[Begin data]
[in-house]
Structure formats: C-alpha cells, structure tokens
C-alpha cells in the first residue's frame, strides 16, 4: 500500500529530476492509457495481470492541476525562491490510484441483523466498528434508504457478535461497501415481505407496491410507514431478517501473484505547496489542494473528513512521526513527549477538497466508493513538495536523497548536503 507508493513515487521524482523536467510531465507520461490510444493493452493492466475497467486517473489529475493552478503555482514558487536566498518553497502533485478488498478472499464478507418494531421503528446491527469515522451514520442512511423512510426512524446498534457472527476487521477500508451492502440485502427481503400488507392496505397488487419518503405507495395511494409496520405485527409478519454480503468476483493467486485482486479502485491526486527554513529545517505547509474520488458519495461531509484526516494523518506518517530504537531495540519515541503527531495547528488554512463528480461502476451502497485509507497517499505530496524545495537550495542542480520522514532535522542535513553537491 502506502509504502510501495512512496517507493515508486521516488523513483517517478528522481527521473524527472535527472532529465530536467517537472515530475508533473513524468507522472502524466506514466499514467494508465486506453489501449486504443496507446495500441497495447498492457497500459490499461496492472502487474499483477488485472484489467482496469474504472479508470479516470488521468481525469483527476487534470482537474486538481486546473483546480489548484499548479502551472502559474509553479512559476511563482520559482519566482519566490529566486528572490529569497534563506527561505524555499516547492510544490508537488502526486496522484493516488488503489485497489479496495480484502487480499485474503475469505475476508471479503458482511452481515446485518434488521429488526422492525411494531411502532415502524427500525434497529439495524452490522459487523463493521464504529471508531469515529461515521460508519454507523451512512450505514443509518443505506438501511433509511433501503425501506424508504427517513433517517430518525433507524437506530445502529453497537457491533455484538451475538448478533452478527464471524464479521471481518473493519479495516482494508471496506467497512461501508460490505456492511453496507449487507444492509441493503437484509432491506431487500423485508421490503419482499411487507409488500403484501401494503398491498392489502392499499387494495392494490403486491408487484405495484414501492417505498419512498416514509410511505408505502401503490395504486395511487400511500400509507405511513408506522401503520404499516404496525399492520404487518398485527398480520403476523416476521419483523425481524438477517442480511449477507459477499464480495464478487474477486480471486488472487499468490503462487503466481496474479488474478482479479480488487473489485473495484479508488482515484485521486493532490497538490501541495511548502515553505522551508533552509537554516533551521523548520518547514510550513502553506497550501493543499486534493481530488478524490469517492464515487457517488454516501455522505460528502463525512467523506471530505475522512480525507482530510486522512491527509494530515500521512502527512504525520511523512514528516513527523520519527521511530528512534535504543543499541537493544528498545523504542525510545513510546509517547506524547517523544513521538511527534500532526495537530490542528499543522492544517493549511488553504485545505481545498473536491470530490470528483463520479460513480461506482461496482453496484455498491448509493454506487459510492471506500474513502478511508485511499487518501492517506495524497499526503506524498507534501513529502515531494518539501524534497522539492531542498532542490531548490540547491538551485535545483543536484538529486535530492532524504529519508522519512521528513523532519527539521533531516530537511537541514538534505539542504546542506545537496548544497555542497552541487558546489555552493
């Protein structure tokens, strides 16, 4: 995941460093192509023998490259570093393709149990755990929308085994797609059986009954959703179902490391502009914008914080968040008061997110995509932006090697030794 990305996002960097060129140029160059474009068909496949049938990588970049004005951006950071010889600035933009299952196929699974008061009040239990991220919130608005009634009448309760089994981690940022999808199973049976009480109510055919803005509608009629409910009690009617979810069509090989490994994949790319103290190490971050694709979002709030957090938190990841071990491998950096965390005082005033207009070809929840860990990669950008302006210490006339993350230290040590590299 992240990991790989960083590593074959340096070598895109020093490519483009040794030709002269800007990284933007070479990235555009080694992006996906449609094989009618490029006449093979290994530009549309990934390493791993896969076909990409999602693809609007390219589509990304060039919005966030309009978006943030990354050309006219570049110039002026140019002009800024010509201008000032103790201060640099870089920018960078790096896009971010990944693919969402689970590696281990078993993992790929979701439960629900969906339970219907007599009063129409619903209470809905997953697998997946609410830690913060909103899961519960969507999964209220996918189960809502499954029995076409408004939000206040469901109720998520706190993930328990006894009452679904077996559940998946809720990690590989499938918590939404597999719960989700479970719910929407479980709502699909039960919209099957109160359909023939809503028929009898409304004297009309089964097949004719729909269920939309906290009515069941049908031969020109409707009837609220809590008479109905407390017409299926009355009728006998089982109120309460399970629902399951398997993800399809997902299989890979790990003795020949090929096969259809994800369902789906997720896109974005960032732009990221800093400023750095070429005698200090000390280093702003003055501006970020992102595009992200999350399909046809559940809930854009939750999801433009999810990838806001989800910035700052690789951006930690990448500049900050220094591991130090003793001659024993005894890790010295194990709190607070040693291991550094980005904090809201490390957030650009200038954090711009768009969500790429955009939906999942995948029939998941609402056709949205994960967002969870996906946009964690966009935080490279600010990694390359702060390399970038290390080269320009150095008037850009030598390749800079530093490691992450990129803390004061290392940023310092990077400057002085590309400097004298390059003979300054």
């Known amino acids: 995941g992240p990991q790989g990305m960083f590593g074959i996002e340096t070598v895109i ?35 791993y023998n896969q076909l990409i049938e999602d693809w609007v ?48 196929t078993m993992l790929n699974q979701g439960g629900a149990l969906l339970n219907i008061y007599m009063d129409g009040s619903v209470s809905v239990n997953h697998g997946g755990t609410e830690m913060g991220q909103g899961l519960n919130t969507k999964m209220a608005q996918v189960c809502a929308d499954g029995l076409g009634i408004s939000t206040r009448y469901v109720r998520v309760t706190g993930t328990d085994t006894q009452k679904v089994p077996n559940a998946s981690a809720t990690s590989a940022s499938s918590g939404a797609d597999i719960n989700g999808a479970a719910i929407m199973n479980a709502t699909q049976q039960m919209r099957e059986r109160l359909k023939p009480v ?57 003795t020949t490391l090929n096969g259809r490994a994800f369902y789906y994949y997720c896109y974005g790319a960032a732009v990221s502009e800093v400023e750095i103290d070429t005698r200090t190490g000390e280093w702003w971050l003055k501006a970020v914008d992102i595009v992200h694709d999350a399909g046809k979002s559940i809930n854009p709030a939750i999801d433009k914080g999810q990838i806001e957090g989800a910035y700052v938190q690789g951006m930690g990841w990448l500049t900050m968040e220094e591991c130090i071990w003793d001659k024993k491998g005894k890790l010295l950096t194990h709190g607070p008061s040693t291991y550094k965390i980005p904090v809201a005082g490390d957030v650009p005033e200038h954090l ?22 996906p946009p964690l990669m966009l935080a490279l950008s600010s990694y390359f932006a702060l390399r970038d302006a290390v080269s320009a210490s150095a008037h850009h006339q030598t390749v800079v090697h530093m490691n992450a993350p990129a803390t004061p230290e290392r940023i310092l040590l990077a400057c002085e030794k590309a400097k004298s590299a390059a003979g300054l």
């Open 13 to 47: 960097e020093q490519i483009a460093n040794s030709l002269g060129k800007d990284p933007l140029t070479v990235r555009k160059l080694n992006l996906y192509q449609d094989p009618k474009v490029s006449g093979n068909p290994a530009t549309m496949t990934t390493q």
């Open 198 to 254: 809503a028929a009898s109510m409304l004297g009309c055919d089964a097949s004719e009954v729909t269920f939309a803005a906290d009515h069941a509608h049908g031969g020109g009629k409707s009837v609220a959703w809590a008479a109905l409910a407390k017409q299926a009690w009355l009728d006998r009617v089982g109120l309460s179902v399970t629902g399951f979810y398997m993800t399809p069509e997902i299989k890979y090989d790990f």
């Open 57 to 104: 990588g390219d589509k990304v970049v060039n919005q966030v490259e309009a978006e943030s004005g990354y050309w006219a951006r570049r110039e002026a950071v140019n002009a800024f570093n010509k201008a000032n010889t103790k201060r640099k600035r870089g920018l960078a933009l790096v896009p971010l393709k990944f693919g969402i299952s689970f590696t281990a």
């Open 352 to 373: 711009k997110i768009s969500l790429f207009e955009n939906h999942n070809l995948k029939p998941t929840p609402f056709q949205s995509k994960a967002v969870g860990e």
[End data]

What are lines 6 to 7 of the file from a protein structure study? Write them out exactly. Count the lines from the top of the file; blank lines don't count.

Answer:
């Open 13 to 47: 960097e020093q490519i483009a460093n040794s030709l002269g060129k800007d990284p933007l140029t070479v990235r555009k160059l080694n992006l996906y192509q449609d094989p009618k474009v490029s006449g093979n068909p290994a530009t549309m496949t990934t390493q």
């Open 198 to 254: 809503a028929a009898s109510m409304l004297g009309c055919d089964a097949s004719e009954v729909t269920f939309a803005a906290d009515h069941a509608h049908g031969g020109g009629k409707s009837v609220a959703w809590a008479a109905l409910a407390k017409q299926a009690w009355l009728d006998r009617v089982g109120l309460s179902v399970t629902g399951f979810y398997m993800t399809p069509e997902i299989k890979y090989d790990f």